10. Reaffirming the commitments made by states across West and Central Africa to accelerate and coordinate efforts to end child marriage, through regional and global frameworks including African Union Agenda 2063, the African Common Position on Child Marriage, ECOWAS Strategic Framework for Strengthening National Child Protection Systems to prevent and respond to Violence, Abuse and Exploitation against Children in West Africa, and the Sustainable Development Goals whose target 5.3 calls for an end to all harmful practices, including child marriage, by 2030;
11. Welcoming the African Union’s leadership in bringing child marriage to the forefront of the continental development agenda through the African Union Campaign to End Child Marriage, as well as the national leadership by countries in West and Central Africa to design and implement targeted strategies to ending child marriage;

We call upon governments to work in collaboration with all key stakeholders mentioned above to:
a. Reaffirm the leadership of government in addressing child marriage as a national priority and develop and strengthen a national, multi-sectoral, integrated, sustainable, evidence-based, girl-centred and gender responsive at scale response to child marriage, including through developing, resourcing, implementing and monitoring specific national strategies or costed action plans for ending child marriage, and through integrating action to end child marriage into sectoral strategies, with clear indicators;
b. Strengthen their legal and policy frameworks, which should reflect their commitments to ending child marriage, by establishing and enforcing 18 as the legal minimum age of marriage applicable without exception and harmonized across all legal systems including customary laws, and by
developing and implementing policies that prevent marriage for girls and provide targeted support to married girls;
c. Develop, implement and scale up sectoral interventions and programmes based on robust data and integrate efforts to prevent child marriage and support married girls, including interventions that ensure girls can access and complete primary and secondary education, promote, youth-friendly sexual and reproductive health education and services, implement and strengthen birth and marriage registration policies and services;
d. Mobilise and allocate specific technical and financial resources, including from national budgets, to policies, strategies and programmes aiming at ending child marriage, and earmark budget for child marriage-specific intervention in broader funding initiatives;
e. Monitor progress of implementation of, and identify gaps in the national response across sectors and develop a comprehensive monitoring and reporting framework which is aligned with existing regional and international frameworks mentioned in para. 6;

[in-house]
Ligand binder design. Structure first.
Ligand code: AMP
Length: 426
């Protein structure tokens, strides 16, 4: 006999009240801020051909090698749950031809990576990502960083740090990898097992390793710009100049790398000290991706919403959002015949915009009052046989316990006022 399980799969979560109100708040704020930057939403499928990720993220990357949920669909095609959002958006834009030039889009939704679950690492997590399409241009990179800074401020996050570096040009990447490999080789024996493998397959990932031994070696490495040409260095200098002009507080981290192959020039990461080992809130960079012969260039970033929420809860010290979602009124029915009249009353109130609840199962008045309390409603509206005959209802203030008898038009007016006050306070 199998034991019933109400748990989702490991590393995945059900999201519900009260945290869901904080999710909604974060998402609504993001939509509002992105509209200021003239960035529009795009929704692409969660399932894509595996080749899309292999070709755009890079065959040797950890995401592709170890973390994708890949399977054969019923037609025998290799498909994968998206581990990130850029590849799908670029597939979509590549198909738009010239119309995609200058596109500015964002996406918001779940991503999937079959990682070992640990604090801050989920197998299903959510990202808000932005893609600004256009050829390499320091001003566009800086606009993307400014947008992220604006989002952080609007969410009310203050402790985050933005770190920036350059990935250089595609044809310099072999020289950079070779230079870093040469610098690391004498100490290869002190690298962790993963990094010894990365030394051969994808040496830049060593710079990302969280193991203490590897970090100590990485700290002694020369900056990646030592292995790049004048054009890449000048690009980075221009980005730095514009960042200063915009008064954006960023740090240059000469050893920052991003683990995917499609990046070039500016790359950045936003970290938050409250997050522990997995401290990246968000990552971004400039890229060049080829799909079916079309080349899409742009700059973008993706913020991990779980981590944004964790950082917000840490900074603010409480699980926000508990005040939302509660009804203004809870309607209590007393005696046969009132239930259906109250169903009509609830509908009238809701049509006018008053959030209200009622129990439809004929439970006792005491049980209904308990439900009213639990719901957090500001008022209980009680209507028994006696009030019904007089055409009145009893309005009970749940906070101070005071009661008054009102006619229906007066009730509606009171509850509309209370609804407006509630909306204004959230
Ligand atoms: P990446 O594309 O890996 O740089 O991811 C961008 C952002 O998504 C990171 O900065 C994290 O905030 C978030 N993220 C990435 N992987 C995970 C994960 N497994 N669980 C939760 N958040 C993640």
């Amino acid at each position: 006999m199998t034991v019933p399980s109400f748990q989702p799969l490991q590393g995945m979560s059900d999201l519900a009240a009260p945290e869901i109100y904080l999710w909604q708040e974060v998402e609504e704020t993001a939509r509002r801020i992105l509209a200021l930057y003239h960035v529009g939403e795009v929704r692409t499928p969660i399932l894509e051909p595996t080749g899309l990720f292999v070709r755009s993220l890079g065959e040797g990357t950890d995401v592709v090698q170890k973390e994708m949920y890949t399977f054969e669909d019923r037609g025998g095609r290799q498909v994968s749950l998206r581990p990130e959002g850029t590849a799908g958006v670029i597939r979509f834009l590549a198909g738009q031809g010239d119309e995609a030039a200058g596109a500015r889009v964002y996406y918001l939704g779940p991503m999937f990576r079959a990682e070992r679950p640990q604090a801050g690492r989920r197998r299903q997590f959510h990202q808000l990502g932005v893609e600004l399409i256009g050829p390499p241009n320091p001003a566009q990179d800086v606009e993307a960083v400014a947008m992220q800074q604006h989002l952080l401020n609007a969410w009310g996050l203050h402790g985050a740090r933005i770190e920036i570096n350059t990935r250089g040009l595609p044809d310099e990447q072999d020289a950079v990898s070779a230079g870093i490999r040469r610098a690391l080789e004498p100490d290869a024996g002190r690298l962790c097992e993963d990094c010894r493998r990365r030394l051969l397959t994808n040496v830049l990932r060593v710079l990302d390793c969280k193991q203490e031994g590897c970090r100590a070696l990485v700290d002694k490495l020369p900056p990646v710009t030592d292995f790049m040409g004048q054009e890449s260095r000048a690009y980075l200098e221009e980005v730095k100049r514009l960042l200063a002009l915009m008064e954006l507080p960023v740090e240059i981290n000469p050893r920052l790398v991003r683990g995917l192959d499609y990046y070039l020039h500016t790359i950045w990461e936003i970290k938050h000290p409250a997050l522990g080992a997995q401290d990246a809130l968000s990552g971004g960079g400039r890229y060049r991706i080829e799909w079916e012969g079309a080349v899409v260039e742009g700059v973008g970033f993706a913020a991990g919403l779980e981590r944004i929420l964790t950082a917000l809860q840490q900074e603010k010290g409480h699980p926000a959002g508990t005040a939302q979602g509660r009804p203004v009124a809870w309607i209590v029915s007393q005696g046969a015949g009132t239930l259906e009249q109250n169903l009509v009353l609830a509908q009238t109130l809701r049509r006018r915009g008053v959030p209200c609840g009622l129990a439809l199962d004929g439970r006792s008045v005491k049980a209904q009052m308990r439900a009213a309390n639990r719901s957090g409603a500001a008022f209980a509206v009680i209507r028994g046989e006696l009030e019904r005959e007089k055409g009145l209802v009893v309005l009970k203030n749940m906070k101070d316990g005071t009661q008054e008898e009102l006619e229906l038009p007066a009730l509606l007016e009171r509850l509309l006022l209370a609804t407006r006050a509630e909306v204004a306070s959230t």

f. Strengthen the data and evidence base for the development, implementation and monitoring of policies, strategies and programs to end child marriage
g. Ensure that religious and traditional leaders play a central role in informing and mobilizing on the dangers of child marriage, and in changing social norms, including through fostering inter-religious dialogue across countries;
h. Ensure that young people, especially young girls, are key actors in national efforts to end child marriage, and are meaningfully involved in decision-making processes at local, national, regional, continental and global levels;
i. Continue to work with UN agencies and development partners, for example through the UNFPA-UNICEF Global Programme to Accelerate Actions to End Child Marriage, to accelerate actions, and scale up evidence-based interventions to end child marriage;
j. Meaningfully involve civil society including community-based organisations, national and international NGOs as strategic partners in the development, implementation and monitoring of national initiatives to end child marriage, leveraging their understanding of the realities of child marriage in the daily lives of girls, boys and communities;
k. Foster and facilitate collaboration and partnerships, including through well-functioning coordination mechanisms, to ensure alignment and maximise the impact of their efforts, by bringing together relevant ministries and governmental bodies working on issues related to child marriage at the national and sub-national levels, as wells as key actors, particularly civil society, girls and young people, UN agencies and development partners;
l. Strengthen collaboration between regional bodies and institutions to garner high-level political support for ending child marriage from political leaders, including through initiatives such as the African Union Campaign, and use existing regional reporting and accountability frameworks such as the African Committee on the Rights and Welfare of the Child and the African Commission on Human and People’s Rights;
m. Encourage the African Union, ECOWAS, ECCAS, to reinforce knowledge sharing and learning among member states about successes and challenges of national responses to child marriage.

This call to action aims to galvanize local, national and regional actions to end child marriage in West and Central Africa, and to contribute to the continued continental momentum driven by key continental initiatives such as the African Union Campaign to end child marriage in Africa, including during the 2018 Second African Girls Summit in Kigali, Rwanda.